The Guardians of Our Ecosystem

  Shrutikantha Kandali |     April 15, 2017


Walking under the shade of Sal trees, he glanced at his watch and realized he was running late. 'Anna! Off to see the crooked birds, haha!?' an echoing laugh came from the trees. He looked past few rows and saw it was Aswini Thambi, his friend. Subbaiah Bharathidasan continued to walk but his mind drifted off thinking, does Aswini even know the importance of this species of birds? The bird that is responsible for a balanced ecosystem. Maybe he does know and it’s only out of human habit that he ridicules the vulture based on its gawky looks and bald head. Or is it because we marginalize sweepers and labourers who clean and restore the hygiene in our society, just as a vulture does, and do not give them their due respect?

Crossing a tall tree, he recalls the first time he met an ornithologist who told him that vultures like to nest in tall trees. An amateur bird watcher in his younger days, he was in awe of the things he was learning about the vulture. A vulture does not hunt live prey, but feeds on decomposing carcasses infected with diseases such as anthrax, cholera, botulinum toxin, and rabies. He is the silent sweeper of our ecosystem. He wondered how a bird could digest such poisonous waste and yet survive.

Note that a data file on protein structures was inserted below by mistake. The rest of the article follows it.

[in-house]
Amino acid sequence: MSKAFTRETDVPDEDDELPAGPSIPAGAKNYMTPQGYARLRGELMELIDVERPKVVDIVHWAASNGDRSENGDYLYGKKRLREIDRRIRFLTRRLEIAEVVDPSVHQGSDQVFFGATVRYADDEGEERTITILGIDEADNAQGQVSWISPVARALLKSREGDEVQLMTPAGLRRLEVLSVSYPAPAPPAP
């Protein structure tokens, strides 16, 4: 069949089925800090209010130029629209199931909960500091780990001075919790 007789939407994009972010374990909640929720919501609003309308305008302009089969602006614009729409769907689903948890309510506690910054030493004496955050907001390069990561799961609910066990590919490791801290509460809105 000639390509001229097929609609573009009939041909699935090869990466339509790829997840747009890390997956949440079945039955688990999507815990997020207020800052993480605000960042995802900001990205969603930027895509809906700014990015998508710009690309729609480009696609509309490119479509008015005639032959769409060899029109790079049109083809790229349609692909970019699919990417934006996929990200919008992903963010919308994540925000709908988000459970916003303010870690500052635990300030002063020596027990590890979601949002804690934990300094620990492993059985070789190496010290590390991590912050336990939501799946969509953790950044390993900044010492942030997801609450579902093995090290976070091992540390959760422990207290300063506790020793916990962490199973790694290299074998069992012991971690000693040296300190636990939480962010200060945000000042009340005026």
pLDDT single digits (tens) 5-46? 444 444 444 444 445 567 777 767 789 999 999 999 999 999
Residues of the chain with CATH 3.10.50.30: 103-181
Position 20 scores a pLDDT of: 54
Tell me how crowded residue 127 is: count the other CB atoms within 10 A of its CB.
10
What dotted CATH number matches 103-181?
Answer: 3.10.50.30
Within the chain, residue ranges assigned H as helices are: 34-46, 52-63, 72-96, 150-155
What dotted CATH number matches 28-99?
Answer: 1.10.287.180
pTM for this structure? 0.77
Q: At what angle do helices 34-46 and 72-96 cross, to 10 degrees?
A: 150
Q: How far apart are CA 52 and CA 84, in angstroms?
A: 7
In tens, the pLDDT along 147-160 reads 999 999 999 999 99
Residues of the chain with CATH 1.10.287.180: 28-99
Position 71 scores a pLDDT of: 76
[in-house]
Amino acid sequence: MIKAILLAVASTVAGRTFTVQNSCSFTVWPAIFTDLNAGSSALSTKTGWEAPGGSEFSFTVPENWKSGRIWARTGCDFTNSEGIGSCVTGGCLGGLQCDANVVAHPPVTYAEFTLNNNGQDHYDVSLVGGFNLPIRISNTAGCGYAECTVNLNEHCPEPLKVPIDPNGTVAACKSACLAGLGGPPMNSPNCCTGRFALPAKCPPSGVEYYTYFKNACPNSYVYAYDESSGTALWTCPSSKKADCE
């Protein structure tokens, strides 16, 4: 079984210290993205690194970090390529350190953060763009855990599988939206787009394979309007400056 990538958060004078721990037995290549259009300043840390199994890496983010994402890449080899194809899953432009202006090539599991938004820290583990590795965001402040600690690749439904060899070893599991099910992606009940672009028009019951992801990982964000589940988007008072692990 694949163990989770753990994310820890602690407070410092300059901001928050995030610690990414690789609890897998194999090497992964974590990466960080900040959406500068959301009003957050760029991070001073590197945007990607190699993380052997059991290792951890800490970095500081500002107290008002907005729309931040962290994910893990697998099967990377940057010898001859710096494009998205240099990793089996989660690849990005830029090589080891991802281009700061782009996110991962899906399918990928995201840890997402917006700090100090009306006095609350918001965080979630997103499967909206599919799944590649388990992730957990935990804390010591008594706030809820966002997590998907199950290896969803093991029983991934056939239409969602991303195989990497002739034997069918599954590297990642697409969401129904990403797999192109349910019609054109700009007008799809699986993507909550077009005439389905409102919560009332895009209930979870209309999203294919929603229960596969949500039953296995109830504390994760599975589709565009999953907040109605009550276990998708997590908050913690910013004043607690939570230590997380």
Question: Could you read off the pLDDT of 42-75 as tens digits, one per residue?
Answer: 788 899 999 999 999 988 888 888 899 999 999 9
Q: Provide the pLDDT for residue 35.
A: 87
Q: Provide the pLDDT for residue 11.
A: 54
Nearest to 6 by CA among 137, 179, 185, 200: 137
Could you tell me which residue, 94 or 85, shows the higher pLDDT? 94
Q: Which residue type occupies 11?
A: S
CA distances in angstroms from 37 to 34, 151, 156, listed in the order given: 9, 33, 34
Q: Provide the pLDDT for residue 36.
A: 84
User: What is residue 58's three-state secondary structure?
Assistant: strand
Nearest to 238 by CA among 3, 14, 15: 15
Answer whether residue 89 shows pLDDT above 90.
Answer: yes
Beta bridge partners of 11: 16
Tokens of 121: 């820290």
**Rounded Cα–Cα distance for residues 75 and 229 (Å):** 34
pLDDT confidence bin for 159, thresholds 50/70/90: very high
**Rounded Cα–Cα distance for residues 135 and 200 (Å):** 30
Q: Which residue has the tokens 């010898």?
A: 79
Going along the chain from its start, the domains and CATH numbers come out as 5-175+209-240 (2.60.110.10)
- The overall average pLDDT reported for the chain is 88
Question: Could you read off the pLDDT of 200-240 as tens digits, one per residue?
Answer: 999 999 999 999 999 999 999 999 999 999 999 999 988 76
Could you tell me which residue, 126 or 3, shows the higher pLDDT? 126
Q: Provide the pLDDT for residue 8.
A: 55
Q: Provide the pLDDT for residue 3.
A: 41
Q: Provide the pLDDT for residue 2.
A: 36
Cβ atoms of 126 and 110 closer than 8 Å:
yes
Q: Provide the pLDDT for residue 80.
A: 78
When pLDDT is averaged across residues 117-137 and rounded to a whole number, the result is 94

The ornithologist also told him that vultures evolved in a way that they are able to digest decomposing carcasses. He became curious and started reading about vultures. Subbaiah came to know that vultures not only have an environmental significance, but they play an important role in burial rituals in several cultures too. Environmental conditions in the Tibetan plateau do not allow for ground burial, so the deceased are left on hill tops under the sky, to be ingested by vultures. Similarly, Parsis following the Zoroastrian faith believe a corpse is a host for decay.

Millions of years of evolution have made vultures adapt to turn nature’s poisonous waste into food. Unfortunately, these birds have fallen prey to a man-made poison. Vultures were dying as they fed on carcasses of livestock treated with Diclofenac, a lethal painkiller.

Subbaiah Bharathidasan set on a journey that was long, but he started with small steps. He first created awareness to prevent forest fires and taught local communities to identify and protect vulture nesting areas. With his NGO Arulagam, he established captive breeding centres for vultures in India with partnerships with the Saving Asia’s Vultures from Extinction (SAVE) and persuaded forest officials to not bury the carcasses of elephants or gaur found in the forest but to leave them as food for the vultures.

Local heroes like Subbaiah are on a mission which may seem is meant only to save the vultures but the reality is they are in a mission to leave behind a safe and green environment for the generations to come.

To know more about the NGO Arulagam, please visit

About the Author

Reporter cum Sub-Editor, Gobar Times (2017-2018)

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